Performance Analysis is the solution to so many burning questions that come up when managing a renewables site, such as grid control, DC faults, line loss, shading issues, and even warranty claims. Unfortunately during an analysis such as this there is usually a roadblock of getting the right data all in the same place.
A solar site to prepare for a warranty claim and needed a year-long underproduction analysis. This would require actual and theoretical production, availability, irradiance, and temperature from the met mast to be aligned with the timeline of any known faults. Our goal was to explain what percentage of underperformance occurs when everything is seemingly running as expected. By gathering and analyzing this information, we demonstrated that the observed underperformance occurred mostly when all inverters were expected to be at peak performance. It was found to be related to damage during installation.
The calculation steps were to read the raw historian data (max sample rate of 1Hz), filter out the irregular data points to have a clean 10-minute trend for each point. To determine the theoretical production of each inverter, the factory curve was scaled by using the irradiance and temperature, then taking the minimum value between this and the available capacity as the final theoretical production value. The lost production for each 10-minute point was the difference between that theoretical and the actual production. The underperformance was then broken down further by time of day and weather to account for shading. Finally, the lost production was bucketed into the total loss due to each availability cause. This allowed us to isolate lost production that occurred when there was no other cause, and the inverters were expected to be at maximum performance.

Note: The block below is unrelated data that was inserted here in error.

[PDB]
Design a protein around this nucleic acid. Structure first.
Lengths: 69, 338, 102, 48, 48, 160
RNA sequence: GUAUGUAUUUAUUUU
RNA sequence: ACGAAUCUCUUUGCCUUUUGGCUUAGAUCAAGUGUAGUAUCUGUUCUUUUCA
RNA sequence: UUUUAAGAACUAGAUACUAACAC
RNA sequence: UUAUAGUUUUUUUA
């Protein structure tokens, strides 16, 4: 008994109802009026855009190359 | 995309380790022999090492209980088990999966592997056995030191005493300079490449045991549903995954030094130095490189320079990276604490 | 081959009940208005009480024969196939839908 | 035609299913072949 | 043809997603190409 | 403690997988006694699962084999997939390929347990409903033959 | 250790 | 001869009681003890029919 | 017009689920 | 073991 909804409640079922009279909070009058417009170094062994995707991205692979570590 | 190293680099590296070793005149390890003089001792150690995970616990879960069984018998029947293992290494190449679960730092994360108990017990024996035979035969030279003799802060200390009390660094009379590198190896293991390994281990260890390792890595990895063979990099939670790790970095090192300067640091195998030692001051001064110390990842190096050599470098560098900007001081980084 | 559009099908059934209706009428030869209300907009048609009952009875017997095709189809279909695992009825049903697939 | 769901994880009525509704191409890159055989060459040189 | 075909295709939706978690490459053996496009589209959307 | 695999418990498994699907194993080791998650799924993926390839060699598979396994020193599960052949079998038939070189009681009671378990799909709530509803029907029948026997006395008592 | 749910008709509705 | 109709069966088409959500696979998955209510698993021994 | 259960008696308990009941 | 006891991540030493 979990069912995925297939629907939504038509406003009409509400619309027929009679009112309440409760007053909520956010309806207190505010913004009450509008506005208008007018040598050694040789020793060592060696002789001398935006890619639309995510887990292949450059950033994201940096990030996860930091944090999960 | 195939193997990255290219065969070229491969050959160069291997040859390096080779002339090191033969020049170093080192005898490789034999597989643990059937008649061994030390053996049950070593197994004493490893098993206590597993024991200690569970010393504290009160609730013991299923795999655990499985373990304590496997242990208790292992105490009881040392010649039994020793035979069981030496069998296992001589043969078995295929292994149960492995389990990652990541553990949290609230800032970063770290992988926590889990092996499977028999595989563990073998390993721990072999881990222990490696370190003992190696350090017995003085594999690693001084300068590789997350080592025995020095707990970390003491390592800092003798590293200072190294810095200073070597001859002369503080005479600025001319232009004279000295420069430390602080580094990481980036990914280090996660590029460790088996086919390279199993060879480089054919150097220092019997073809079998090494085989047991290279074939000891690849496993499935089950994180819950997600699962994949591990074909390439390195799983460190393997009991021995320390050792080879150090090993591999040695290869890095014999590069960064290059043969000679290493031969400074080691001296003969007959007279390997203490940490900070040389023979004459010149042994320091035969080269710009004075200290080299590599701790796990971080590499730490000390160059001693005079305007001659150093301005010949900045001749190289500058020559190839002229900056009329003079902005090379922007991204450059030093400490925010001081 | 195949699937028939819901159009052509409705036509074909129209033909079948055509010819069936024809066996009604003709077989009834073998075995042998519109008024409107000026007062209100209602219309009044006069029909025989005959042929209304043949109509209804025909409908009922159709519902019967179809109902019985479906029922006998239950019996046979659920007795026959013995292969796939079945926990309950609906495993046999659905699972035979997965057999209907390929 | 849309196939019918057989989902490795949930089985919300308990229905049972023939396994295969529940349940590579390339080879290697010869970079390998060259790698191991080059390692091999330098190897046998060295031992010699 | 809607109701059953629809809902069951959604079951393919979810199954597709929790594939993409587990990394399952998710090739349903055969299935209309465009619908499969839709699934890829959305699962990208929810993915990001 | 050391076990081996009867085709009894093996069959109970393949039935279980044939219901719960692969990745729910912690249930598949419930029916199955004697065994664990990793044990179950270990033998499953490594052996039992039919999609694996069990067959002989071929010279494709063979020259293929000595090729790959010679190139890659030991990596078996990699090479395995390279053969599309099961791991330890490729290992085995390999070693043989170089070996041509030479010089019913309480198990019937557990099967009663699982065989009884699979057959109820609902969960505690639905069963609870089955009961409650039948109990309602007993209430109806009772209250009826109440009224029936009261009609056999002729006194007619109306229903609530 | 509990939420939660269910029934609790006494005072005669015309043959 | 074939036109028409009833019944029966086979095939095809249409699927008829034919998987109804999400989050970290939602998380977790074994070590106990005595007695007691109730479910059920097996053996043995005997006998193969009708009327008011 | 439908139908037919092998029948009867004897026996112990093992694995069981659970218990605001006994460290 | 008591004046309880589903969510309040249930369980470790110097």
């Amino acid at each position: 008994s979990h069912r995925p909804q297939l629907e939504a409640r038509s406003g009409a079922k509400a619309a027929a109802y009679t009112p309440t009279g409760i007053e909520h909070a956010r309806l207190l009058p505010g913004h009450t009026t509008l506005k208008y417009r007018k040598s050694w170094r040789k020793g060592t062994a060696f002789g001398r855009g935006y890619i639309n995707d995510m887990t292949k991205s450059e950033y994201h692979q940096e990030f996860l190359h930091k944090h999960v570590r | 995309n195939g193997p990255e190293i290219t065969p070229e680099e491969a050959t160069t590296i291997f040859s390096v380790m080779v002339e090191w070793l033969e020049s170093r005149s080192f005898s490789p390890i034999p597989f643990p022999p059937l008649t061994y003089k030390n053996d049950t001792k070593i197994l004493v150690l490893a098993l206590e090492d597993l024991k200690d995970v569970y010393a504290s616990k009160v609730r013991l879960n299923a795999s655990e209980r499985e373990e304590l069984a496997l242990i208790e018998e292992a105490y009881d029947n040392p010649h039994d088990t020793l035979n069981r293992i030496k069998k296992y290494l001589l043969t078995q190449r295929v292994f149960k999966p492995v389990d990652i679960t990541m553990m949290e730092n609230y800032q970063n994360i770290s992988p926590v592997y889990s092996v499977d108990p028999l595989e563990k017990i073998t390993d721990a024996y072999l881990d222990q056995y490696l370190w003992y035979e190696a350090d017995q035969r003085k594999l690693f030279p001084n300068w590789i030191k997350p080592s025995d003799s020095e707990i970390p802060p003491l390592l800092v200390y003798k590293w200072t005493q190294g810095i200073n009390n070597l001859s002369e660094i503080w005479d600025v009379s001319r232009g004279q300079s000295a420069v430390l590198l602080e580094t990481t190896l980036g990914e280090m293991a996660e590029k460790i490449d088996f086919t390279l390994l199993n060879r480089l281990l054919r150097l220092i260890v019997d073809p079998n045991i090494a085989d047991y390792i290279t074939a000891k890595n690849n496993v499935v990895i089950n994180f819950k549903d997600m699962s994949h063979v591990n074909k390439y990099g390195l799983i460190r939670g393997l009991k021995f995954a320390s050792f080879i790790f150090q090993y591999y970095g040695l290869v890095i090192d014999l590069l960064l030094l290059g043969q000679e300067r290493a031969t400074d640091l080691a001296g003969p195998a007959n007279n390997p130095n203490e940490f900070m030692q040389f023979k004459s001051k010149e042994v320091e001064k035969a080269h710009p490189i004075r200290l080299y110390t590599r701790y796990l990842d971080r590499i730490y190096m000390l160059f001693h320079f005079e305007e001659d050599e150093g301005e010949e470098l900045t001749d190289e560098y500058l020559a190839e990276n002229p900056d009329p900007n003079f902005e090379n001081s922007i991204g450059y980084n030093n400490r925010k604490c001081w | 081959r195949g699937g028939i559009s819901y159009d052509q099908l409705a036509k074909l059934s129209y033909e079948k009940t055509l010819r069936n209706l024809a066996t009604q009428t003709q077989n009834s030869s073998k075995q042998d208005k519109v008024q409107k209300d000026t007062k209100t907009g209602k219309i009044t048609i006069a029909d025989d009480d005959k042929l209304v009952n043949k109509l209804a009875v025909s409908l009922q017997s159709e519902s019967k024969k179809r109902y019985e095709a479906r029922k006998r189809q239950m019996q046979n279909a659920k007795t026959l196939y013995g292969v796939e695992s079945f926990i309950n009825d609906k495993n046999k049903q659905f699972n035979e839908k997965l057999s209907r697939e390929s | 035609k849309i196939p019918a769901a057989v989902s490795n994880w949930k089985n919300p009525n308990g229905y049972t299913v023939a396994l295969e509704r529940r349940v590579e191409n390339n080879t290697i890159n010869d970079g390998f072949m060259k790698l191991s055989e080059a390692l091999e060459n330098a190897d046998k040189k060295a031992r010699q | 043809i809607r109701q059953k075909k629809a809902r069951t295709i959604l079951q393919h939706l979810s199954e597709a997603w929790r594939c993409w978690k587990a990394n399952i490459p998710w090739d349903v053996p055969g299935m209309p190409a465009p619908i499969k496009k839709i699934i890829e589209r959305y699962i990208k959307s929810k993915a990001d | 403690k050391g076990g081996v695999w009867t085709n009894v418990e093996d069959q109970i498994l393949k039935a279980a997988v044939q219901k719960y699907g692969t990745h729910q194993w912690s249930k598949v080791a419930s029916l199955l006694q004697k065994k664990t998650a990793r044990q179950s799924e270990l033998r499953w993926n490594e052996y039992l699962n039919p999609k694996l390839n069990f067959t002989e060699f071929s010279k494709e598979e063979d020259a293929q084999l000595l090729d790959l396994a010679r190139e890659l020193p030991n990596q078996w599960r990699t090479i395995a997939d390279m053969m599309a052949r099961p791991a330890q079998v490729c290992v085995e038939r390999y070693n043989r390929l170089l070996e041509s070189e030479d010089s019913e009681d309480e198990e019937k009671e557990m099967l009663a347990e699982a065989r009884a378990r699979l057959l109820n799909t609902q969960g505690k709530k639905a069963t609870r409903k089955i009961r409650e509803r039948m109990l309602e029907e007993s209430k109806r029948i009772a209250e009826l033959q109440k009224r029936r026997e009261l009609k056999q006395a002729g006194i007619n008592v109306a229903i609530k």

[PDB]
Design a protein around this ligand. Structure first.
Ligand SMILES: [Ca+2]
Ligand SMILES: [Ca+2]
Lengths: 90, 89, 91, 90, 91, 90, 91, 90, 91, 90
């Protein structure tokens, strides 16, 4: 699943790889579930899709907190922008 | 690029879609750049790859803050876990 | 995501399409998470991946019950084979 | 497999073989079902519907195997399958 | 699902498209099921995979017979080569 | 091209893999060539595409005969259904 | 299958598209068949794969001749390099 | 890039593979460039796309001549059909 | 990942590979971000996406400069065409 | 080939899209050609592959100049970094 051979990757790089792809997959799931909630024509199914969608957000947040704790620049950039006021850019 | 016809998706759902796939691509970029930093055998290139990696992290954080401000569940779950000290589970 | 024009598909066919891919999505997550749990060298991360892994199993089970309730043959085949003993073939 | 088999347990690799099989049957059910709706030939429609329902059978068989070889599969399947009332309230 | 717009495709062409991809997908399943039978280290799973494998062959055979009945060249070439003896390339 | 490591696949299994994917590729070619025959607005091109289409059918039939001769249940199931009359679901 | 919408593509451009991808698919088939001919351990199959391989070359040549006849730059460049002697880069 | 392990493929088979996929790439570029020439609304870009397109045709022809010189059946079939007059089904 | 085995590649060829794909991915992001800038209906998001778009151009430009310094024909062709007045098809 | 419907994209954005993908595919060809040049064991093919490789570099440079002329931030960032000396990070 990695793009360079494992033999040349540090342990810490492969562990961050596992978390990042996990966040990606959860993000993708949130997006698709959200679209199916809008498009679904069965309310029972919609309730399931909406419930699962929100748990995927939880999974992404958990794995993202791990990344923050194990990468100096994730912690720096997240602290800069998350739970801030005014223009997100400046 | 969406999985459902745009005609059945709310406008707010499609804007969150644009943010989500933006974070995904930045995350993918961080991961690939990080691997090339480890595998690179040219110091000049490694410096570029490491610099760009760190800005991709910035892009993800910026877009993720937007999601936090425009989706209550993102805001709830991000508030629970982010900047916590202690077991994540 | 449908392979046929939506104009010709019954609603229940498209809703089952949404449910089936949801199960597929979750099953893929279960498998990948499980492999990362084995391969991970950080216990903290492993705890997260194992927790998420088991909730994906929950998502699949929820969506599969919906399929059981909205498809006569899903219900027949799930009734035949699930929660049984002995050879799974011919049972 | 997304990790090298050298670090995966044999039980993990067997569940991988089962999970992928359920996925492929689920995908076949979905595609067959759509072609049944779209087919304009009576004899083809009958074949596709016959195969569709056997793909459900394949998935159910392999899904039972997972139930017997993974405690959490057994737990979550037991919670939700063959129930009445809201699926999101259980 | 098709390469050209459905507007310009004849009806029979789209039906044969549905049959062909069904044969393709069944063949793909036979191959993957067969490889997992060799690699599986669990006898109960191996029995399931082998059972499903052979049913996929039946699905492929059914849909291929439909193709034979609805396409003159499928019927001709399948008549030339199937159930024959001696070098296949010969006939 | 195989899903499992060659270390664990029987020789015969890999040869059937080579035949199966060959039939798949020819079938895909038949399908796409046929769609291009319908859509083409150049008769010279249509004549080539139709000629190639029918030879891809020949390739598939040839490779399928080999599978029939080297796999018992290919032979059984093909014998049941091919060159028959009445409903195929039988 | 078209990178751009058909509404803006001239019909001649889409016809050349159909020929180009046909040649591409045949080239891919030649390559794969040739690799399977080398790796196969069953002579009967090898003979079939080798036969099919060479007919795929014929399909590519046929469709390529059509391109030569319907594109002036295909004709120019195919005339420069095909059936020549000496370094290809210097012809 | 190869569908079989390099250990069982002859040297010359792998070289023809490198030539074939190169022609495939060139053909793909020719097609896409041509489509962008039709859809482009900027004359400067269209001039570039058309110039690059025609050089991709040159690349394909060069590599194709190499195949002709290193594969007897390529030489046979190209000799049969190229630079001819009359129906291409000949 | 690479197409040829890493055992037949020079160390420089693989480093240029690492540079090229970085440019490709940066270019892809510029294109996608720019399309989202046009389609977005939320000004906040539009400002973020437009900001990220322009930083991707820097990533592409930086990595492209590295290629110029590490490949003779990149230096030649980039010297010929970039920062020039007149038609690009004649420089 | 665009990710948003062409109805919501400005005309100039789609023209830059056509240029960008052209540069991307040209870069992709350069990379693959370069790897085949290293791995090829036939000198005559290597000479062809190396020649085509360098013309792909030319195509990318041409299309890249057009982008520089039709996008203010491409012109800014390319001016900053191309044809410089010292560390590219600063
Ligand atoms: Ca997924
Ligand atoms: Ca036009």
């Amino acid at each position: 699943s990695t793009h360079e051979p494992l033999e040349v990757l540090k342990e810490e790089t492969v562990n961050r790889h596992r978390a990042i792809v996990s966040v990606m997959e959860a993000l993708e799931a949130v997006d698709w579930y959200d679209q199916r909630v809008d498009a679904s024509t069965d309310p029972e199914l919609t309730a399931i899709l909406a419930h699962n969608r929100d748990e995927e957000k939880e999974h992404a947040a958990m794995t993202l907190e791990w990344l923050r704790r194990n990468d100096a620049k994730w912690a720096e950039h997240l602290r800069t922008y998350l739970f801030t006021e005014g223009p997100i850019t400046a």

We found the site had only reached its nameplate production for less than 20% of the time that all assets were available and weather conditions permitted nameplate production. It was also found that the most common cause of unavailability was DC faults, which accounted for approximately $75,000 of downtime loss per month as well.